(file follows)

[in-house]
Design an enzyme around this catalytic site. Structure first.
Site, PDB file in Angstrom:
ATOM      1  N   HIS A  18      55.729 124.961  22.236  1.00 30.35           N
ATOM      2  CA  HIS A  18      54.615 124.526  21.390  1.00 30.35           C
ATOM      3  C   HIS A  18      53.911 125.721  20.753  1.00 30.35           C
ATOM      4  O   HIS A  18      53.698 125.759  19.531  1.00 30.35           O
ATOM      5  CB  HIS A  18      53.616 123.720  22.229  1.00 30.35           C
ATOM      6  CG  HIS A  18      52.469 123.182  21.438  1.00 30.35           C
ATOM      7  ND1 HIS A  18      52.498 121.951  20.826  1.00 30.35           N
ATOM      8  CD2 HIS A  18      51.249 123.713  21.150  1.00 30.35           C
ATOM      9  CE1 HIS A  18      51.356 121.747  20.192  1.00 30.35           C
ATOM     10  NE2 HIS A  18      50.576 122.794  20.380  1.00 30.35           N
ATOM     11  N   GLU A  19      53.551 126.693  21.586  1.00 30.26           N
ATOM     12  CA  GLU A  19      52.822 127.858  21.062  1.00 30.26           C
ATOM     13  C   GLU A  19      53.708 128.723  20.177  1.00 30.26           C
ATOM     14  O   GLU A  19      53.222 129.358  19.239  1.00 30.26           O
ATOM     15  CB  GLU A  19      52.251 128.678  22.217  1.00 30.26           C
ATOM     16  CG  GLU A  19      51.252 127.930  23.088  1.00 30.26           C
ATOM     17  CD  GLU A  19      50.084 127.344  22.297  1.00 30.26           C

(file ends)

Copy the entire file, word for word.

[in-house]
Design an enzyme around this catalytic site. Structure first.
Site, PDB file in Angstrom:
ATOM      1  N   HIS A  18      55.729 124.961  22.236  1.00 30.35           N
ATOM      2  CA  HIS A  18      54.615 124.526  21.390  1.00 30.35           C
ATOM      3  C   HIS A  18      53.911 125.721  20.753  1.00 30.35           C
ATOM      4  O   HIS A  18      53.698 125.759  19.531  1.00 30.35           O
ATOM      5  CB  HIS A  18      53.616 123.720  22.229  1.00 30.35           C
ATOM      6  CG  HIS A  18      52.469 123.182  21.438  1.00 30.35           C
ATOM      7  ND1 HIS A  18      52.498 121.951  20.826  1.00 30.35           N
ATOM      8  CD2 HIS A  18      51.249 123.713  21.150  1.00 30.35           C
ATOM      9  CE1 HIS A  18      51.356 121.747  20.192  1.00 30.35           C
ATOM     10  NE2 HIS A  18      50.576 122.794  20.380  1.00 30.35           N
ATOM     11  N   GLU A  19      53.551 126.693  21.586  1.00 30.26           N
ATOM     12  CA  GLU A  19      52.822 127.858  21.062  1.00 30.26           C
ATOM     13  C   GLU A  19      53.708 128.723  20.177  1.00 30.26           C
ATOM     14  O   GLU A  19      53.222 129.358  19.239  1.00 30.26           O
ATOM     15  CB  GLU A  19      52.251 128.678  22.217  1.00 30.26           C
ATOM     16  CG  GLU A  19      51.252 127.930  23.088  1.00 30.26           C
ATOM     17  CD  GLU A  19      50.084 127.344  22.297  1.00 30.26           C